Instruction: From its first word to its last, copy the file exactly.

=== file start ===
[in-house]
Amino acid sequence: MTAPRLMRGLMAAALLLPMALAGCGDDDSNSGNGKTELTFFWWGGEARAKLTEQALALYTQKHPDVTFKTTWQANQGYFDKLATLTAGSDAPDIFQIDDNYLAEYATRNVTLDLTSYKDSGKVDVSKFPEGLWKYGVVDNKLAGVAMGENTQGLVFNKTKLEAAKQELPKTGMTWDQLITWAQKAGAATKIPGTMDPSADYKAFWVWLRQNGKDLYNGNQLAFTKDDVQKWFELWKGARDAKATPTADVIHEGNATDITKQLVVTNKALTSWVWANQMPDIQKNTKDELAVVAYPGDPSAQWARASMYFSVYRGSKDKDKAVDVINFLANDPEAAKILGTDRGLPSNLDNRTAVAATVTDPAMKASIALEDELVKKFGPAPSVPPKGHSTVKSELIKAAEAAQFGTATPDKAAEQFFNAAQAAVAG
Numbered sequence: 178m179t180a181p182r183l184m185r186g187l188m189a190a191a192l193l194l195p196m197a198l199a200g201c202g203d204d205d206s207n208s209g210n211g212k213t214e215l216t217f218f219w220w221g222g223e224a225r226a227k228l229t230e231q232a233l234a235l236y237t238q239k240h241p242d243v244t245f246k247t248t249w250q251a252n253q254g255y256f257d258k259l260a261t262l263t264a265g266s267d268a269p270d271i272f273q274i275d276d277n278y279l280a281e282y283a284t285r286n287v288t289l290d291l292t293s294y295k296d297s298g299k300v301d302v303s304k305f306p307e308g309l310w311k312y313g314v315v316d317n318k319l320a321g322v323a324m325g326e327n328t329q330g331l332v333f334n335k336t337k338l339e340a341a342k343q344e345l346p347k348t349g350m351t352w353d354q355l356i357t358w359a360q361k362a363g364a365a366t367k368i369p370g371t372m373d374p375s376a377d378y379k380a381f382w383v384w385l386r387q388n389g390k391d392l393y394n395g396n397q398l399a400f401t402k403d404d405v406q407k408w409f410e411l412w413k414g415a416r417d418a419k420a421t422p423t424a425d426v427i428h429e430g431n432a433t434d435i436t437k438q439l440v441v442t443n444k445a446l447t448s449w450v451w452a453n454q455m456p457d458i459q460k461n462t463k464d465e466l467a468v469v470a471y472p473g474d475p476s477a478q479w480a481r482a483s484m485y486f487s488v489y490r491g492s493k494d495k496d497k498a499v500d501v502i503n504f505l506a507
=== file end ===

[in-house]
Amino acid sequence: MTAPRLMRGLMAAALLLPMALAGCGDDDSNSGNGKTELTFFWWGGEARAKLTEQALALYTQKHPDVTFKTTWQANQGYFDKLATLTAGSDAPDIFQIDDNYLAEYATRNVTLDLTSYKDSGKVDVSKFPEGLWKYGVVDNKLAGVAMGENTQGLVFNKTKLEAAKQELPKTGMTWDQLITWAQKAGAATKIPGTMDPSADYKAFWVWLRQNGKDLYNGNQLAFTKDDVQKWFELWKGARDAKATPTADVIHEGNATDITKQLVVTNKALTSWVWANQMPDIQKNTKDELAVVAYPGDPSAQWARASMYFSVYRGSKDKDKAVDVINFLANDPEAAKILGTDRGLPSNLDNRTAVAATVTDPAMKASIALEDELVKKFGPAPSVPPKGHSTVKSELIKAAEAAQFGTATPDKAAEQFFNAAQAAVAG
Numbered sequence: 178m179t180a181p182r183l184m185r186g187l188m189a190a191a192l193l194l195p196m197a198l199a200g201c202g203d204d205d206s207n208s209g210n211g212k213t214e215l216t217f218f219w220w221g222g223e224a225r226a227k228l229t230e231q232a233l234a235l236y237t238q239k240h241p242d243v244t245f246k247t248t249w250q251a252n253q254g255y256f257d258k259l260a261t262l263t264a265g266s267d268a269p270d271i272f273q274i275d276d277n278y279l280a281e282y283a284t285r286n287v288t289l290d291l292t293s294y295k296d297s298g299k300v301d302v303s304k305f306p307e308g309l310w311k312y313g314v315v316d317n318k319l320a321g322v323a324m325g326e327n328t329q330g331l332v333f334n335k336t337k338l339e340a341a342k343q344e345l346p347k348t349g350m351t352w353d354q355l356i357t358w359a360q361k362a363g364a365a366t367k368i369p370g371t372m373d374p375s376a377d378y379k380a381f382w383v384w385l386r387q388n389g390k391d392l393y394n395g396n397q398l399a400f401t402k403d404d405v406q407k408w409f410e411l412w413k414g415a416r417d418a419k420a421t422p423t424a425d426v427i428h429e430g431n432a433t434d435i436t437k438q439l440v441v442t443n444k445a446l447t448s449w450v451w452a453n454q455m456p457d458i459q460k461n462t463k464d465e466l467a468v469v470a471y472p473g474d475p476s477a478q479w480a481r482a483s484m485y486f487s488v489y490r491g492s493k494d495k496d497k498a499v500d501v502i503n504f505l506a507